Egypt’s Revolution

Upon the January 14 ousting of the dictatorial President Zine El Abidine Ben Ali of Tunisia, the culmination of the Sidi Bouzid Revolution (also known as the Jasmine Revolution), the Arab world is being rocked by anti-governmental demonstrations. Nowhere are these more broad or organized than in Egypt, the most populous country in the region. Egypt’s own dictatorial President Hosni Mubarak, having ruled for 29 years since the assassination of President Anwar al-Sadat, is the primary target of these protests.

Among the grievances of the thousands of demonstrators are “torture, poverty, corruption and unemployment.” In the incompletely modernized nation, technology usage is relatively widespread, yet 40% of Egyptian citizens live on less than (US) $2. Egypt’s population of almost 80 million, and especially the capital Cairo, whose metropolitan area contains 17 million people, is demographically young, technologically savvy, and economically powerful.

On January 25, christened the “Day of Anger,” protests suddenly erupted on the streets of Cairo, and soon spread to other areas. At first, government officials dismissed them as inconsequential. But Nobel Peace Prize laureate Mohamed el-Baradei‘s return to the capital to aid the opposition on the 27th prompted further international headlines. On January 28, the day of the most widespread uprisings yet, he and fellow protesters were shot at with water cannons and placed under house arrest. Packed crowds of demonstrators were subdued with tear gas by police forces, and several opposition protesters were killed in the clashes.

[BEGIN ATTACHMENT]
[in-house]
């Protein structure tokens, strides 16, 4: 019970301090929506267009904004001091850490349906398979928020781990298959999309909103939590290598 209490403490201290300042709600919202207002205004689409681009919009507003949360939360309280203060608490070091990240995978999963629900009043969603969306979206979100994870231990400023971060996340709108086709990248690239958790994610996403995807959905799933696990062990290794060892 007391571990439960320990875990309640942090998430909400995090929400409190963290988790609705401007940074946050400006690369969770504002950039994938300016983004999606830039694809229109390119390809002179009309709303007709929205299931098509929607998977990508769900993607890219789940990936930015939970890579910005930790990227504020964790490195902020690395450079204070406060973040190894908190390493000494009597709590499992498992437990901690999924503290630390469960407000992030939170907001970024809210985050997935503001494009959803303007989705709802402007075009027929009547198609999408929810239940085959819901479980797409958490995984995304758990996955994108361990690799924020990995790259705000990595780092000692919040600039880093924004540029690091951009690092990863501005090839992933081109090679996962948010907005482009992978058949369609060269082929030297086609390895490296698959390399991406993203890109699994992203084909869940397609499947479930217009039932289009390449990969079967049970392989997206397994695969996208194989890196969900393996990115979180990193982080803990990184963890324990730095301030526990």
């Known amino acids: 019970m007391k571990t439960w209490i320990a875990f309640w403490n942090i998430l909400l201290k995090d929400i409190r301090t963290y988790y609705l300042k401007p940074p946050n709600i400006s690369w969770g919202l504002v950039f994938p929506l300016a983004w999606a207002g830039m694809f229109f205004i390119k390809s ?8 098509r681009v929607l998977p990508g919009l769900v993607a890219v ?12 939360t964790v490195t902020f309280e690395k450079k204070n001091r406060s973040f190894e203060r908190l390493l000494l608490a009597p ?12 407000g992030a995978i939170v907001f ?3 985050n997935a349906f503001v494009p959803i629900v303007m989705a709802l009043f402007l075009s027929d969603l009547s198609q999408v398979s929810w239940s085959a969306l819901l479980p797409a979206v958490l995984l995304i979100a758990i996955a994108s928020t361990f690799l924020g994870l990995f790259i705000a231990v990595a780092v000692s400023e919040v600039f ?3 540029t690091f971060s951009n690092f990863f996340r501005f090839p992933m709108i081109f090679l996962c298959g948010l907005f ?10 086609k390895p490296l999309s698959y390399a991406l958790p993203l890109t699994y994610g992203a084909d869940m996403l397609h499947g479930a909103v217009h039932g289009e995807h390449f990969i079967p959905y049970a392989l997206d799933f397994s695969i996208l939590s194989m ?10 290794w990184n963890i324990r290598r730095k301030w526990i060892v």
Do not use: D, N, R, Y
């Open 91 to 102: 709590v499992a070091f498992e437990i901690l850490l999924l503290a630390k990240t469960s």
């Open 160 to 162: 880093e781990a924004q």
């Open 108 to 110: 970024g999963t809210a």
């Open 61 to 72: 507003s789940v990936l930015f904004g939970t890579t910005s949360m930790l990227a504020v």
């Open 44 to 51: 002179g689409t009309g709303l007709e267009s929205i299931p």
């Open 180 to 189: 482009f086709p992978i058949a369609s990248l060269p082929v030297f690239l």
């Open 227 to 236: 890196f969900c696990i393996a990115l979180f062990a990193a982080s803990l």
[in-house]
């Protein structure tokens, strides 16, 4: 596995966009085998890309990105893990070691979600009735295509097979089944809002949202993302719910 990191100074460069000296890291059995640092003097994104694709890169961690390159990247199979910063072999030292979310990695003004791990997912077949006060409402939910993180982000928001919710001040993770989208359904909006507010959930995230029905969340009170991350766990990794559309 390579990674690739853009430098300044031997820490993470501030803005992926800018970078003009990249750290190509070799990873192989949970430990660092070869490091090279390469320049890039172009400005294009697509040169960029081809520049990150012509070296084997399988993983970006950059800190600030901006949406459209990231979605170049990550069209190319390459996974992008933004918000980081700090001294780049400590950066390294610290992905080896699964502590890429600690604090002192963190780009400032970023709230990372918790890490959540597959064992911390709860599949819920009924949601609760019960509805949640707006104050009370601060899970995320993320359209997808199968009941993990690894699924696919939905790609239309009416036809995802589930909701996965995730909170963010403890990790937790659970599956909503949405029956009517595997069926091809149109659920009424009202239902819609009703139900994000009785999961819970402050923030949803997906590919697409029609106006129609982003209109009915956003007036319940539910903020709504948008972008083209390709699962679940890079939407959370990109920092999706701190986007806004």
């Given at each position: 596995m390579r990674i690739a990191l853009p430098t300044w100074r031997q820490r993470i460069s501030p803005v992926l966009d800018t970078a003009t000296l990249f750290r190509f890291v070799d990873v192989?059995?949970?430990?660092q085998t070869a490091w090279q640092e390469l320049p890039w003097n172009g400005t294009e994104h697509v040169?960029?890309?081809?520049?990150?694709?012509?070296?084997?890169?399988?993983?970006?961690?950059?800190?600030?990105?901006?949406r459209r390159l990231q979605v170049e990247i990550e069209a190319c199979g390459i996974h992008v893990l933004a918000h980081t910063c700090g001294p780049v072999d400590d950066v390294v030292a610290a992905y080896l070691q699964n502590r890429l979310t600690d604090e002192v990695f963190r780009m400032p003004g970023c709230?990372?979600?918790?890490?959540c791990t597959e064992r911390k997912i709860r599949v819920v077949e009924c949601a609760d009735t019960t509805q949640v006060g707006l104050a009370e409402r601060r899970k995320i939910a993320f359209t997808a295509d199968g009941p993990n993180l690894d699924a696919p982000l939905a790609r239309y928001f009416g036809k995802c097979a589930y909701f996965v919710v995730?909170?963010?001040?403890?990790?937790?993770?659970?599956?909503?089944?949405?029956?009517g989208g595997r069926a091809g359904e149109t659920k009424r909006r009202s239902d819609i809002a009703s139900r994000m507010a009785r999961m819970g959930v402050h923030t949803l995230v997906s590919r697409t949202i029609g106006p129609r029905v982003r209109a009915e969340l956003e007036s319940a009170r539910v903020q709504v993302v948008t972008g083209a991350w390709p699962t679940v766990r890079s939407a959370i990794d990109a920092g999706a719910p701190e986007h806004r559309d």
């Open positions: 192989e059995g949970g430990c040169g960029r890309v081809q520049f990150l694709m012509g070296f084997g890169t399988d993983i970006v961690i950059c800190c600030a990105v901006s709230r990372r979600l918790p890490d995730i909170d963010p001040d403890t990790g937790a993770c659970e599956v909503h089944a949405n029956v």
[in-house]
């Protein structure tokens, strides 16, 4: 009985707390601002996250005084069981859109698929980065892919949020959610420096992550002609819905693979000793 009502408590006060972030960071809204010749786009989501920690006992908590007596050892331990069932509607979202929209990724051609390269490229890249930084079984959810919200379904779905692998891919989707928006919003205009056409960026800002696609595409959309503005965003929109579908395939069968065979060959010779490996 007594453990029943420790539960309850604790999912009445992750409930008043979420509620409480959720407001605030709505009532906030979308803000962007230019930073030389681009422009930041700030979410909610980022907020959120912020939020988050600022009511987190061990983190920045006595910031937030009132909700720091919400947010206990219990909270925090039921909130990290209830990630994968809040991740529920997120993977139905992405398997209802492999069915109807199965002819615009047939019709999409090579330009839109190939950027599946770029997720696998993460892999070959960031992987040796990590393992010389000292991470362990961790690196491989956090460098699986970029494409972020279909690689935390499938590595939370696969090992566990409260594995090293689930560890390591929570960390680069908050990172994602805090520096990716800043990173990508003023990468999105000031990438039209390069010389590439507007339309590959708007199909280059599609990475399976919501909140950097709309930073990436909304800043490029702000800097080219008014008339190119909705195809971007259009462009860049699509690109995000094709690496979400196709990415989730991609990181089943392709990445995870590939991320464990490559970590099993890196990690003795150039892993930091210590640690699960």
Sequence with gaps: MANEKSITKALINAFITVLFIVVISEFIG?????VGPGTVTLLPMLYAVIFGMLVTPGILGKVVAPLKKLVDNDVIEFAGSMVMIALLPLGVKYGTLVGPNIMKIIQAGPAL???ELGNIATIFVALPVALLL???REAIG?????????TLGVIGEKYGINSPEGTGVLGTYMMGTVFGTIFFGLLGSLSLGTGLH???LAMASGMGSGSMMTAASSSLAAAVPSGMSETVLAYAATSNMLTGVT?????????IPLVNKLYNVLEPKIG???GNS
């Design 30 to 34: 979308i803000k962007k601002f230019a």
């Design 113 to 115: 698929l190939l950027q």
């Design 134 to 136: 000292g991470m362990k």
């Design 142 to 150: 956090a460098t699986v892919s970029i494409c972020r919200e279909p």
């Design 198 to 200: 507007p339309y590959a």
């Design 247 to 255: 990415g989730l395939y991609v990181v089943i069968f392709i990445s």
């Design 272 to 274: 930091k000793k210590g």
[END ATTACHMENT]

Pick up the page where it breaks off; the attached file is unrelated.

Mubarak’s responses to the protests have been erratic and totalitarian. Early on January 28, he attempted with general success to cut Egypt off from the world, shutting off the Internet and mobile phone service by effectively bullying the service providers into compliance. Later that day, in a bizarre attempt to mollify the crowds converging in Cairo’s central squares and around television reporting headquarters, he announced to the public that he “requested the government to step down.” The entire cabinet. But not himself, of course. The latest reports from the ground indicate that the Internet ban has now been lifted, prompting the question of its motive in the first place.

Egypt’s nascent revolution is being primarily organized and directed by its young, technologically active, and peaceful citizens. Meetings have been organized on Facebook and Twitter. Demonstrators have chanted “peace” and admonished a few who began throwing rocks at the police forces. Their chants are not, as a whole, “Down with Mubarak” but “We are Egyptians, we are brothers.”

To-the-minute news of the revolution can be found on Twitter and the Wall Street Journal’s Dispatch.

As I write this, dawn brightens the Cairo sky. Let us hope this is symbolic of changes to come. #



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